Common Fallacies: Radiation and Greenhouse Gases

Radiation-Related

Fallacy:

Greenhouse gases can't raise the tempature.

The basic idea behind this view is that energy leaving the system will equal the energy entering the system when the climate establishes an equilibrium, and therefore greenhouse gases can't have any long-term effects upon the temperature. From this the arguer will typically conclude that the only force that can change the long-term climate of the earth is the sun.

Basic Response:

While a new equilibrium will result in the rate of energy leaving the system being equal to the amount of energy entering the system, the level of energy within the system may be higher or lower. Higher greenhouse gas levels will generally raise the level of energy within the system.

Different Responses:

  1. Without greenhouse gases the earth would be much cooler. With this response, one calculates the temperature of the earth in the absence of the atmosphere.
  2. The bathtub analogy In this response, one uses an analogy involving a bathtub with water pouring into it at a constant rate. Higher level of greenhouse gases correspond to a smaller drain.
  3. The Pinball Machine Analogy The climate is viewed as a pinball machine, pinballs correspond to photons, and higher levels of greenhouse gases are represented by more bumpers being added to the pinball machine.
  4. We know that greenhouse gases raise temperatures as the result of demonstrable physics. Our knowledge of the effects of greenhouse gases flows from our understanding of branches of physics which deal with radiative transfer and spectroscopy.

Fallacy:

Paleoclimate records demonstrate that it is temperature changes which drive changes in the level of carbon dioxide, not the other way around.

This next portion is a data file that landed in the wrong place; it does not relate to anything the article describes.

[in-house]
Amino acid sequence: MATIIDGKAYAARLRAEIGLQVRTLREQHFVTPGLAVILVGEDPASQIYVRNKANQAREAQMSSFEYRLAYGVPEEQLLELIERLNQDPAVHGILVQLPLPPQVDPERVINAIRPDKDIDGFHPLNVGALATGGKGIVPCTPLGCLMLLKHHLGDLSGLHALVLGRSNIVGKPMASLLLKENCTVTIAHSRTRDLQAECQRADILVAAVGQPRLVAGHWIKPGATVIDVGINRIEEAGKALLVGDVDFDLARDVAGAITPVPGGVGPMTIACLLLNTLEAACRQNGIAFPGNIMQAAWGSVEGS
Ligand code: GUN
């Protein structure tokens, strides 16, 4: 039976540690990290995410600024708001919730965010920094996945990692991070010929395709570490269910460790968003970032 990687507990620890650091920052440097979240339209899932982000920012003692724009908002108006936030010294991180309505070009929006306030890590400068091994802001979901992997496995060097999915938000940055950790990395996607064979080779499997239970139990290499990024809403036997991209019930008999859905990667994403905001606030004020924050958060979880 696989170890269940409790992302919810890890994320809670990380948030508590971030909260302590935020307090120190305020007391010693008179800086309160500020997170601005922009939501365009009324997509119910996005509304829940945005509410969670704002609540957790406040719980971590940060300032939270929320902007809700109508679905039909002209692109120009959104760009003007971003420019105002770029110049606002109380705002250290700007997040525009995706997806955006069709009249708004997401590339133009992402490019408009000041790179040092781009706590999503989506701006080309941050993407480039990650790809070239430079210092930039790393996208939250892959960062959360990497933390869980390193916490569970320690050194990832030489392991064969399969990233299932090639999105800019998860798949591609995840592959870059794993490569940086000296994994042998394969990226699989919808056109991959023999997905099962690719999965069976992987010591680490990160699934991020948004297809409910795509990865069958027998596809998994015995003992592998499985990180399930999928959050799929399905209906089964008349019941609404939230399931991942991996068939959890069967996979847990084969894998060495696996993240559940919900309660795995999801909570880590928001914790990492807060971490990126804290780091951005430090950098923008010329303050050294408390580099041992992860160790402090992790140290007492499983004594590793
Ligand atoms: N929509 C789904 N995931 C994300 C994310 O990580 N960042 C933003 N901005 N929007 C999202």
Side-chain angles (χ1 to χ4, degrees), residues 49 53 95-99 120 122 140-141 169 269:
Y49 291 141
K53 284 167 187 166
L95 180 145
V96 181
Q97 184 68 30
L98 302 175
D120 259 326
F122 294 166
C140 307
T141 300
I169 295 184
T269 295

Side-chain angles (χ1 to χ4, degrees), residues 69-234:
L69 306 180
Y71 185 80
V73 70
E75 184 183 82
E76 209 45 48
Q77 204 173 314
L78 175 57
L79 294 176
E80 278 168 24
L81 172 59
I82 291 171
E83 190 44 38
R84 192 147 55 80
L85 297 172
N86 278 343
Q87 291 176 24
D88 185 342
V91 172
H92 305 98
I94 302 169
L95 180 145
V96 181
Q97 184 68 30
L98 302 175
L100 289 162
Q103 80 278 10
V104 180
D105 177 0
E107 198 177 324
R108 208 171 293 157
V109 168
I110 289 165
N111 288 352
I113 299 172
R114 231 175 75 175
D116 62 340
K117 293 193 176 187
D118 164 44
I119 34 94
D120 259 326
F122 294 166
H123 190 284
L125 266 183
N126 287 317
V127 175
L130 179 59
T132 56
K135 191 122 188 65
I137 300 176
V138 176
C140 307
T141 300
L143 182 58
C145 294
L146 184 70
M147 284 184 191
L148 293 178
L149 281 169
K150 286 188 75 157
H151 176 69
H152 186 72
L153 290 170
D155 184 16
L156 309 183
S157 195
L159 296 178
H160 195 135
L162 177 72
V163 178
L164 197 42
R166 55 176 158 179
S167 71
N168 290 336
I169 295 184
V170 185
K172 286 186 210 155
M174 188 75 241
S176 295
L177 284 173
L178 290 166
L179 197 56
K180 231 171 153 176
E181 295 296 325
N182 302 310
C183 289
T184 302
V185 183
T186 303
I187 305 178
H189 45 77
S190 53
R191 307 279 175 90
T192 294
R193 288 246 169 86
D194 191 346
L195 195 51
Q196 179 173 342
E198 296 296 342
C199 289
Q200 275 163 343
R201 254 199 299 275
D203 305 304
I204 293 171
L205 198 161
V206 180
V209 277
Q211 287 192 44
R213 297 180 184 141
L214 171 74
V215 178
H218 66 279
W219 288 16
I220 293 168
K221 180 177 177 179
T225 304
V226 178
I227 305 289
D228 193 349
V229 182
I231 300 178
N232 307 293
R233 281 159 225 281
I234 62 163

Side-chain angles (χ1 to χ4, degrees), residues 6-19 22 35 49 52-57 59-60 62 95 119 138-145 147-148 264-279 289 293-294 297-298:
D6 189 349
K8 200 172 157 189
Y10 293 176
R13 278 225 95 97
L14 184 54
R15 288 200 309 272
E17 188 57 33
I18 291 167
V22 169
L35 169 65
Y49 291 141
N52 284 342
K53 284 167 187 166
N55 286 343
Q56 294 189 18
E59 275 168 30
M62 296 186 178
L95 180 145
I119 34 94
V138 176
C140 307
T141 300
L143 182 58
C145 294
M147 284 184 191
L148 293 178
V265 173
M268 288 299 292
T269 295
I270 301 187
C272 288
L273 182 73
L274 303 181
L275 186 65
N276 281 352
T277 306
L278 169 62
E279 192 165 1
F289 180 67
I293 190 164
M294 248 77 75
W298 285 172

I saw the chart used by Al Gore in "An Inconvenient Truth" and the chart showed rises in carbon dioxide following rises in temperature.

Basic Response:

In the case of greenhouse gases, we are not dealing with a simple cause-effect relationship, but two things which are interdepedent. Changes on either the temperature side or the carbon dioxide side will lead to changes on the other side of the equation.

Additional Points:

  1. Positive feedback exists between the temperature level and the level of carbon dioxide. If the temperature rises, this will tend to result in more carbon dioxide entering the atmosphere as the result of a diminished capacity of the ocean to act as a sink for carbon dioxide. However, raising the level of carbon dioxide in the atmosphere will raise reduce the ability of the global climate system to emit thermal infrared radiation into space below the rate at which thermal radiation is entering the system, thus resulting in higher temperatures until the system reaches the point at which the amount of thermal radiation leaving the system equals the amount of thermal radiation leaving the system.
  2. There are periods in the past where carbon dioxide rose first. A good example of this is would be the Paleocene-Eocene Thermal Maximum (PETM), but there are others including the Quaternary ice ages and the Cretaceous.

Fallacy:

Water vapor is more important than carbon dioxide

The proponent of this argument will typically say something to the effect that, "People are neglecting carbon dioxide when it is obvious that water vapor is more important."

Basic Response:

Water vapor has a stronger greenhouse effect than carbon dioxide, but it is carbon dioxide which largely regulates the amount of water vapor which is in the atmosphere.

Additional Points: